Though her cheery demeanour gives nothing away, she is still recovering from a personal trauma when we first meet her. Her friends and boyfriend (Shekhar Ravjiani) are encouraging her to give marriage a second shot, but she is hesitant. She is not Superwoman. She is Everywoman.
Perhaps that is the big takeaway from this film: that valour is often about ordinary people doing extraordinary things. From the moment the terrorists board that flight, we see Neerja’s tears and fears; we also see her squaring her shoulders, staying calm and not allowing those fears to conquer her.
The USP of Neerja is its realism and low-key tone. Everything unfolding on screen feels like something that must surely have happened off screen. It is the seeming lack of effort to build up melodrama that makes this such an intense, suspenseful and emotionally consuming viewing experience.
Each element, from the narrative structure to the recreation of a 1980s aeroplane, the costumes, styling and Vishal Khurana’s excellent background score are directed towards giving the film its authentic feel. The director makes a wise choice to stay indoors most of the time even when we are not on the plane; the outdoors are primarily visited in the night-time in the film.
This justifies cinematographer Mitesh Mirchandani’s low-lit frames which are key to building up the sense of claustrophobia and foreboding that envelopes us as Neerja progresses. Editor Monisha R. Baldawa contributes to the film’s sense of urgency, not allowing the pace to flag even during those flashbacks to Neerja’s home in Mumbai and her unhappy marital experience in Doha.
Sonam gives us a highly pared-down version of her usual glamorous self for this role and in the bargain delivers one of her best performances till date. This is not an easy part but she internalises Neerja’s character well. Shabana as her mother reduced me to a blubbering, sobbing mess, especially in the climactic scene.
These women have the benefit of playing Neerja’s primary characters. The writer’s and casting director’s skill lies in the fact that in addition to them, at least a dozen supporting players in the film remain memorable even if many go nameless: like the brother who has absolute clarity that his sister should not return to an abusive husband, or that well-intentioned Pakistani airport official handling negotiations on the ground in Karachi, or the co-pilot who is tempted to break hijack protocol and stay on in the plane.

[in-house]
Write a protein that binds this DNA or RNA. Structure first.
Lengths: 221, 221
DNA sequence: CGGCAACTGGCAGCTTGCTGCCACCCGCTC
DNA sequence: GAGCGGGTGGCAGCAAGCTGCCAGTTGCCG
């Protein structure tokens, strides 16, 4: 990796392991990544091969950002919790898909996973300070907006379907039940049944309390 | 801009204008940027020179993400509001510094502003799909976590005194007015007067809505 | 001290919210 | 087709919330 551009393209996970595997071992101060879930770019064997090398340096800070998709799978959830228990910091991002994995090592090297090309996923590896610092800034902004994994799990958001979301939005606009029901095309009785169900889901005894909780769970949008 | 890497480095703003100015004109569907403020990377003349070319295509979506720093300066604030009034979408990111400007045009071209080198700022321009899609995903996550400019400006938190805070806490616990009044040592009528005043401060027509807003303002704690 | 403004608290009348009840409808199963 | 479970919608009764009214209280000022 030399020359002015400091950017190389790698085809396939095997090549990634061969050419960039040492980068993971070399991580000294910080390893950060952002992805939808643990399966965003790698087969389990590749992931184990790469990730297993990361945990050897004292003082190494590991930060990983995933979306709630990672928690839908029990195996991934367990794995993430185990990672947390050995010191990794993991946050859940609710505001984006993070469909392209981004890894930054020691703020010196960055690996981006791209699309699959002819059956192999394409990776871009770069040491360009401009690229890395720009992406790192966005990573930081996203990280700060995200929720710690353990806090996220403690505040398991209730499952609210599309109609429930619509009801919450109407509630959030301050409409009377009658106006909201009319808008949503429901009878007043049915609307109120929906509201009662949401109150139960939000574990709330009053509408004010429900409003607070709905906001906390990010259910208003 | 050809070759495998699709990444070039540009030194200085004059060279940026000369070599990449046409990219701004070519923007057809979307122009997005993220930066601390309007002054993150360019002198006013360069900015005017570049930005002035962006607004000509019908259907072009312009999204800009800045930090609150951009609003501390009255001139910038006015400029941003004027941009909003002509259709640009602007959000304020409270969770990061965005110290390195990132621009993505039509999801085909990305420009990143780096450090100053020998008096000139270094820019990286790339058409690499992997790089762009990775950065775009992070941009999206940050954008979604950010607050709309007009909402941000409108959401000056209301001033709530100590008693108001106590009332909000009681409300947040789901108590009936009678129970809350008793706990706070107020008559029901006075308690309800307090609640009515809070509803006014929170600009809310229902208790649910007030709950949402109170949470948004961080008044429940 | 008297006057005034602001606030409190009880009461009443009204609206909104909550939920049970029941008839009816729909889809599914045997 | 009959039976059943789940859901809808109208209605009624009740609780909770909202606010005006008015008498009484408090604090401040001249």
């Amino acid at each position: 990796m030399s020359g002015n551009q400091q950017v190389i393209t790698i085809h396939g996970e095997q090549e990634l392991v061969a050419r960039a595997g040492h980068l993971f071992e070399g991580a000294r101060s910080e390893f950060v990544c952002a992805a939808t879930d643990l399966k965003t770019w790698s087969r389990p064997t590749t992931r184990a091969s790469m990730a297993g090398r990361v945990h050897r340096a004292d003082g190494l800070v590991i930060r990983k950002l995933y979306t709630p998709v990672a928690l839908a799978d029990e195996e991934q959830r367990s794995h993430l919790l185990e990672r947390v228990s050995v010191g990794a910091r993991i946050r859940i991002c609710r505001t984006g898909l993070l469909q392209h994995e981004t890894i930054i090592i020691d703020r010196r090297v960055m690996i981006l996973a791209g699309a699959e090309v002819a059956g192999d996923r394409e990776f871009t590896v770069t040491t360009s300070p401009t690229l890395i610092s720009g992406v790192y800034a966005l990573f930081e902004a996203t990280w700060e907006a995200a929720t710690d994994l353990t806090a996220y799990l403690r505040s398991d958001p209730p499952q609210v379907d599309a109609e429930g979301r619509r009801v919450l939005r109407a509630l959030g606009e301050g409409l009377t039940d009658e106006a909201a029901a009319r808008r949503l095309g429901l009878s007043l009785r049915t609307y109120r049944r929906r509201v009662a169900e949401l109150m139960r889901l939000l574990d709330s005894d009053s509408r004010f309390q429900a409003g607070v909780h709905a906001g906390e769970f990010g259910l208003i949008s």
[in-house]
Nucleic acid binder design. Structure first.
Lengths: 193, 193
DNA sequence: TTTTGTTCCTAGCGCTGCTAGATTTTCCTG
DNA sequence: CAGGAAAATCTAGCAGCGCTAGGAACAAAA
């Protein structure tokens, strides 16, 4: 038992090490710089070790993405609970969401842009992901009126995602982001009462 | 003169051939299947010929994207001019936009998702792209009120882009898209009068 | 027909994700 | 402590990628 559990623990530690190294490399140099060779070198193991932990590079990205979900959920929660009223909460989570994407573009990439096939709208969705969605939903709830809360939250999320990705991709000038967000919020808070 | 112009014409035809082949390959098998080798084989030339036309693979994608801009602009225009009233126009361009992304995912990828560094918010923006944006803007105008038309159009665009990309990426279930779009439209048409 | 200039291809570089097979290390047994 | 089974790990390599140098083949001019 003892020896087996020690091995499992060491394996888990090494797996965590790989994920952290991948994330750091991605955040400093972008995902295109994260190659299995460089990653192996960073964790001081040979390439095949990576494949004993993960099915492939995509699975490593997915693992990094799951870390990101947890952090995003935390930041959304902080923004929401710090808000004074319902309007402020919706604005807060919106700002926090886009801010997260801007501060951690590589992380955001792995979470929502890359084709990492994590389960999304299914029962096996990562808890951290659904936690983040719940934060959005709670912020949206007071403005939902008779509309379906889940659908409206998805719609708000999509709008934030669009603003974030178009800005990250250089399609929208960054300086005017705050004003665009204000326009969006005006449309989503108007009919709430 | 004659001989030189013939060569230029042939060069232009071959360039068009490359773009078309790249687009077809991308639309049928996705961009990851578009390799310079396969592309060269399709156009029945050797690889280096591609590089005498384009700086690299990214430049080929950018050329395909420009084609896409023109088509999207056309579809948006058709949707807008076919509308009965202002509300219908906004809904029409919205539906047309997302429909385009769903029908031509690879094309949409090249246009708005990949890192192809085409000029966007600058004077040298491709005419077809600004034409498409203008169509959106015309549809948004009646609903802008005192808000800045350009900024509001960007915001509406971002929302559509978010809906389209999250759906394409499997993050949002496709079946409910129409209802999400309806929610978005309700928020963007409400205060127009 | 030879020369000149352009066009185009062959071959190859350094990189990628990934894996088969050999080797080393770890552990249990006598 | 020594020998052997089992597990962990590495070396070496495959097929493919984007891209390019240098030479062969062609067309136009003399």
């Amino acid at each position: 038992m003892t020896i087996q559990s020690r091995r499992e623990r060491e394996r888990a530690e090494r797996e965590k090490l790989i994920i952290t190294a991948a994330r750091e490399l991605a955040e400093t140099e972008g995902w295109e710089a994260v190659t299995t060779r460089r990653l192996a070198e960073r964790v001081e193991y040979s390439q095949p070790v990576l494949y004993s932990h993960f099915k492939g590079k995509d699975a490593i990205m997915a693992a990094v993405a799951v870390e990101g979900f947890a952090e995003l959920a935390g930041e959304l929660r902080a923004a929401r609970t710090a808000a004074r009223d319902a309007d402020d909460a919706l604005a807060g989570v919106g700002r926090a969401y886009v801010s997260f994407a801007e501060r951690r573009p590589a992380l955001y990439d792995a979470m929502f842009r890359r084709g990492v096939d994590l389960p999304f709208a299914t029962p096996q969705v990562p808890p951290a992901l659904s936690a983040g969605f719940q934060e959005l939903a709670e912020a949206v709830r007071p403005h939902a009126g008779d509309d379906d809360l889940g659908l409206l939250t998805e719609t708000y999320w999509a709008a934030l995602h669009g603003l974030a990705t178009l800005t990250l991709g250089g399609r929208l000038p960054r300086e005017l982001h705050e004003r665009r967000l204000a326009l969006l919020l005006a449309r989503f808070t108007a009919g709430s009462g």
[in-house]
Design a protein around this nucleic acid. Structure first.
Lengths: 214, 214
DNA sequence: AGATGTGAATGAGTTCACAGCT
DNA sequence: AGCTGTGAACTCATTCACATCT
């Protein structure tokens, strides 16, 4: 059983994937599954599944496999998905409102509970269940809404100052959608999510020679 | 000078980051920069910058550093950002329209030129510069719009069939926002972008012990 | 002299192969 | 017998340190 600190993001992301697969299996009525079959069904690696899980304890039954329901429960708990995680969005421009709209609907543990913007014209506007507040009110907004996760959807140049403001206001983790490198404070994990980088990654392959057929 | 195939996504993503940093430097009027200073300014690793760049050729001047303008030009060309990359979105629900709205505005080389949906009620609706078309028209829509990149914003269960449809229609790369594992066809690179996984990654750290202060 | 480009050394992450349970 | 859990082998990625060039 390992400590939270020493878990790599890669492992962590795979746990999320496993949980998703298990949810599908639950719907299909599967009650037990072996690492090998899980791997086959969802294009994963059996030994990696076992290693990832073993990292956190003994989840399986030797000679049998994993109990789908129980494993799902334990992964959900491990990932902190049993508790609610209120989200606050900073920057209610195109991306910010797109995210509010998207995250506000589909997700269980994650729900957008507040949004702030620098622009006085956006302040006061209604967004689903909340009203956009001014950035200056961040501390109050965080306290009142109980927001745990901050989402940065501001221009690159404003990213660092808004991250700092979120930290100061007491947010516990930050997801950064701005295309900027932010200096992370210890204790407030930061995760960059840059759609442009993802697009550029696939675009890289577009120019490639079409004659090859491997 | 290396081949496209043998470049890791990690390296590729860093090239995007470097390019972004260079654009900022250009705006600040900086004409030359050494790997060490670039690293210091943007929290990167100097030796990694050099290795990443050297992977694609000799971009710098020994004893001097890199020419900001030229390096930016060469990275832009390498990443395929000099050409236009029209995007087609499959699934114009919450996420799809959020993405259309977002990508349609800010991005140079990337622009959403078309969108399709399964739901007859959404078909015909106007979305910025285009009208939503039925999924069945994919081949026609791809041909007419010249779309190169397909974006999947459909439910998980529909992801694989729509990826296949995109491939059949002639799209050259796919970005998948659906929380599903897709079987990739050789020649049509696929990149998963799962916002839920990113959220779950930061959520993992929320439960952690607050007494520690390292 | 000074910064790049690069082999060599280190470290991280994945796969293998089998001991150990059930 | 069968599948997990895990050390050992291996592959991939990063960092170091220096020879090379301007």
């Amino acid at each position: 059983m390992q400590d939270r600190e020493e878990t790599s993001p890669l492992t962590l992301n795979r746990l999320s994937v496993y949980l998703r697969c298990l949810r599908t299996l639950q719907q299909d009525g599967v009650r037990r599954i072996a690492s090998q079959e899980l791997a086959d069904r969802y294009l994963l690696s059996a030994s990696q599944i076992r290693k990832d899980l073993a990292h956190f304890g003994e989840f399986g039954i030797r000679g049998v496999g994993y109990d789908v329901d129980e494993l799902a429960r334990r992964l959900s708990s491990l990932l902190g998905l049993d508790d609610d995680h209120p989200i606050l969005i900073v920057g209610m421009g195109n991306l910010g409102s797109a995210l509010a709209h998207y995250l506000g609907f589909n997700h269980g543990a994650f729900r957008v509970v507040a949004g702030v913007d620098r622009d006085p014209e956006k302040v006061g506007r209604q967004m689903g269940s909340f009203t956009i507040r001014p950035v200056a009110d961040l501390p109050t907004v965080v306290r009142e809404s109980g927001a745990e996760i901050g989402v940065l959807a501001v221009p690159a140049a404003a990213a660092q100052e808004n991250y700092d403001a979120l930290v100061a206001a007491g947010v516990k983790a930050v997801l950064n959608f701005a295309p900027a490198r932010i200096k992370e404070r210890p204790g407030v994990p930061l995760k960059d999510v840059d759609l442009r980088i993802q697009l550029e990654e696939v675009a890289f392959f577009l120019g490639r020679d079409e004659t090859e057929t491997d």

What elevates Neerja to a level of brilliance though is its treatment of the hijackers and their group dynamic. It is easy to caricature villains. Making them relatable and believable in spite of their evil intentions is an effort few film writers make. Saiwyn does. Hats off to him for that.
The figures flashed on screen in the end remind us that there were 379 people (passengers and crew) on board Pan Am Flight 73 when it was hijacked, and that 359 survived. News reports from back then tell us that Neerja was the prime mover in saving those lives. If she had been from any other country, chances are this film would have been made decades back. Indian cinema tends to steer clear of recent events, possibly because we do not invest enough money in writers to ensure that their research passes muster with the survivors of the tales they’re recounting.
It is a good thing this team chose to buck the trend, because Neerja Bhanot’s is a story worth telling and this film tells it really well. It is as if Ram Madhvani was there on that flight with Saiwyn, Sonam and the rest of them that day in 1986. It is as if Neerja’s soul resides in the film and whispers at us from the screen in those final moments. It is as if we too were there. For a filmmaker to stir up such a high degree of emotion while making no obvious attempt to manipulate us is an amazing achievement.
Neerja is outstanding.